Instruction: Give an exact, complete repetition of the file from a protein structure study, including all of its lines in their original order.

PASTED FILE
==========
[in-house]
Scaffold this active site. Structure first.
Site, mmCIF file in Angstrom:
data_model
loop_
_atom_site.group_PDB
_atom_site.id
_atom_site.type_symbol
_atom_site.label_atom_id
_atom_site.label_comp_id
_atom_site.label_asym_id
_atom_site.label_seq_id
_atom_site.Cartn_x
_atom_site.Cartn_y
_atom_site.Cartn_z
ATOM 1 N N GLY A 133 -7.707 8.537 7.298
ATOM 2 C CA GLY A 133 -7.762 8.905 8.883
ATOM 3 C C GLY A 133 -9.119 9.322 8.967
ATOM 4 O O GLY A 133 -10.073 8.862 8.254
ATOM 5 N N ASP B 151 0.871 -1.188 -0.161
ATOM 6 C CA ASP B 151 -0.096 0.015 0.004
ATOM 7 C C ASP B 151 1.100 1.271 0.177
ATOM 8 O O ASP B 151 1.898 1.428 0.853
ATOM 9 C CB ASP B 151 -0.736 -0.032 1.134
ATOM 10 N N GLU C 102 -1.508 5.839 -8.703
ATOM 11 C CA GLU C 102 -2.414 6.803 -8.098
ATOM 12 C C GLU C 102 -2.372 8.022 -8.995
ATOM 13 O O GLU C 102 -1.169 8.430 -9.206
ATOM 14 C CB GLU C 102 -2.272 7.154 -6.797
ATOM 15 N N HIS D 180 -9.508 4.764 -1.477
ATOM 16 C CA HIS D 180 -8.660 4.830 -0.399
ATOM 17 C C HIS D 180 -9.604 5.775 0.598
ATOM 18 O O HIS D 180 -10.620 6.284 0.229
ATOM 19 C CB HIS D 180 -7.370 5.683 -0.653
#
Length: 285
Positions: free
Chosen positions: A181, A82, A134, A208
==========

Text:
[in-house]
Scaffold this active site. Structure first.
Site, mmCIF file in Angstrom:
data_model
loop_
_atom_site.group_PDB
_atom_site.id
_atom_site.type_symbol
_atom_site.label_atom_id
_atom_site.label_comp_id
_atom_site.label_asym_id
_atom_site.label_seq_id
_atom_site.Cartn_x
_atom_site.Cartn_y
_atom_site.Cartn_z
ATOM 1 N N GLY A 133 -7.707 8.537 7.298
ATOM 2 C CA GLY A 133 -7.762 8.905 8.883
ATOM 3 C C GLY A 133 -9.119 9.322 8.967
ATOM 4 O O GLY A 133 -10.073 8.862 8.254
ATOM 5 N N ASP B 151 0.871 -1.188 -0.161
ATOM 6 C CA ASP B 151 -0.096 0.015 0.004
ATOM 7 C C ASP B 151 1.100 1.271 0.177
ATOM 8 O O ASP B 151 1.898 1.428 0.853
ATOM 9 C CB ASP B 151 -0.736 -0.032 1.134
ATOM 10 N N GLU C 102 -1.508 5.839 -8.703
ATOM 11 C CA GLU C 102 -2.414 6.803 -8.098
ATOM 12 C C GLU C 102 -2.372 8.022 -8.995
ATOM 13 O O GLU C 102 -1.169 8.430 -9.206
ATOM 14 C CB GLU C 102 -2.272 7.154 -6.797
ATOM 15 N N HIS D 180 -9.508 4.764 -1.477
ATOM 16 C CA HIS D 180 -8.660 4.830 -0.399
ATOM 17 C C HIS D 180 -9.604 5.775 0.598
ATOM 18 O O HIS D 180 -10.620 6.284 0.229
ATOM 19 C CB HIS D 180 -7.370 5.683 -0.653
#
Length: 285
Positions: free
Chosen positions: A181, A82, A134, A208